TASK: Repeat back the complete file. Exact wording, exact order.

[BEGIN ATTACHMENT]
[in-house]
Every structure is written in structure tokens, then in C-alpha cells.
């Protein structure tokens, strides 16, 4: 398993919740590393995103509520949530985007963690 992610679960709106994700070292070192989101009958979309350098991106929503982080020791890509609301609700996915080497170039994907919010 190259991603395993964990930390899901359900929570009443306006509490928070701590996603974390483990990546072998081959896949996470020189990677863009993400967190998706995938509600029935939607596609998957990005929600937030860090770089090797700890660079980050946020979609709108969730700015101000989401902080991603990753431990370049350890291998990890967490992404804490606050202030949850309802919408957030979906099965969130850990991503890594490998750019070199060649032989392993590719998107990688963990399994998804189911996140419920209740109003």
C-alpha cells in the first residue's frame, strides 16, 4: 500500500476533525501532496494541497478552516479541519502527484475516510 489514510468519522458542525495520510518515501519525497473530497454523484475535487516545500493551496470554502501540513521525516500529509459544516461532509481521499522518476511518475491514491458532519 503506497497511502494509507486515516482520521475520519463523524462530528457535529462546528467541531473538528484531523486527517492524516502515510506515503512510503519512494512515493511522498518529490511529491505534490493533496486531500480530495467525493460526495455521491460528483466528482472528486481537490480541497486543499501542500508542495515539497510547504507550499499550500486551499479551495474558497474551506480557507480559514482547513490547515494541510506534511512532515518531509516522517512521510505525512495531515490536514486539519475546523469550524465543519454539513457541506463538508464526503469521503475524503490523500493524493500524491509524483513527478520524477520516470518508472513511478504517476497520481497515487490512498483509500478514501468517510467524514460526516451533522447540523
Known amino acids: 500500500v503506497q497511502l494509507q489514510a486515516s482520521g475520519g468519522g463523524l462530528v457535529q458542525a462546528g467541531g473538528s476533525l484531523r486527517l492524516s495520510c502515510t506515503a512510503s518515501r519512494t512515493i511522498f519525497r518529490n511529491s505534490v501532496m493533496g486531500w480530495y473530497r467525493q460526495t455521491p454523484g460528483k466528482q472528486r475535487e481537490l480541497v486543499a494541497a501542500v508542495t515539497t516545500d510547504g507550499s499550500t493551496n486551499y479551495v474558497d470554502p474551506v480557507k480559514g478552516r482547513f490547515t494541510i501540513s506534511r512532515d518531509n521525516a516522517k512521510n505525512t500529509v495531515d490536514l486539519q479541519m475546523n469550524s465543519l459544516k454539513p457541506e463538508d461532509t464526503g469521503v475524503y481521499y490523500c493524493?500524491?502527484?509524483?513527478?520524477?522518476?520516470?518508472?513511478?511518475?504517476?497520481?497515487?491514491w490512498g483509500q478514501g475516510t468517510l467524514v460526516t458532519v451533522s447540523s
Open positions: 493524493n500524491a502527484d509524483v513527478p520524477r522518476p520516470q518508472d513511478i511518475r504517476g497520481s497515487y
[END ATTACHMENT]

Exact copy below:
[in-house]
Every structure is written in structure tokens, then in C-alpha cells.
């Protein structure tokens, strides 16, 4: 398993919740590393995103509520949530985007963690 992610679960709106994700070292070192989101009958979309350098991106929503982080020791890509609301609700996915080497170039994907919010 190259991603395993964990930390899901359900929570009443306006509490928070701590996603974390483990990546072998081959896949996470020189990677863009993400967190998706995938509600029935939607596609998957990005929600937030860090770089090797700890660079980050946020979609709108969730700015101000989401902080991603990753431990370049350890291998990890967490992404804490606050202030949850309802919408957030979906099965969130850990991503890594490998750019070199060649032989392993590719998107990688963990399994998804189911996140419920209740109003």
C-alpha cells in the first residue's frame, strides 16, 4: 500500500476533525501532496494541497478552516479541519502527484475516510 489514510468519522458542525495520510518515501519525497473530497454523484475535487516545500493551496470554502501540513521525516500529509459544516461532509481521499522518476511518475491514491458532519 503506497497511502494509507486515516482520521475520519463523524462530528457535529462546528467541531473538528484531523486527517492524516502515510506515503512510503519512494512515493511522498518529490511529491505534490493533496486531500480530495467525493460526495455521491460528483466528482472528486481537490480541497486543499501542500508542495515539497510547504507550499499550500486551499479551495474558497474551506480557507480559514482547513490547515494541510506534511512532515518531509516522517512521510505525512495531515490536514486539519475546523469550524465543519454539513457541506463538508464526503469521503475524503490523500493524493500524491509524483513527478520524477520516470518508472513511478504517476497520481497515487490512498483509500478514501468517510467524514460526516451533522447540523
Known amino acids: 500500500v503506497q497511502l494509507q489514510a486515516s482520521g475520519g468519522g463523524l462530528v457535529q458542525a462546528g467541531g473538528s476533525l484531523r486527517l492524516s495520510c502515510t506515503a512510503s518515501r519512494t512515493i511522498f519525497r518529490n511529491s505534490v501532496m493533496g486531500w480530495y473530497r467525493q460526495t455521491p454523484g460528483k466528482q472528486r475535487e481537490l480541497v486543499a494541497a501542500v508542495t515539497t516545500d510547504g507550499s499550500t493551496n486551499y479551495v474558497d470554502p474551506v480557507k480559514g478552516r482547513f490547515t494541510i501540513s506534511r512532515d518531509n521525516a516522517k512521510n505525512t500529509v495531515d490536514l486539519q479541519m475546523n469550524s465543519l459544516k454539513p457541506e463538508d461532509t464526503g469521503v475524503y481521499y490523500c493524493?500524491?502527484?509524483?513527478?520524477?522518476?520516470?518508472?513511478?511518475?504517476?497520481?497515487?491514491w490512498g483509500q478514501g475516510t468517510l467524514v460526516t458532519v451533522s447540523s
Open positions: 493524493n500524491a502527484d509524483v513527478p520524477r522518476p520516470q518508472d513511478i511518475r504517476g497520481s497515487y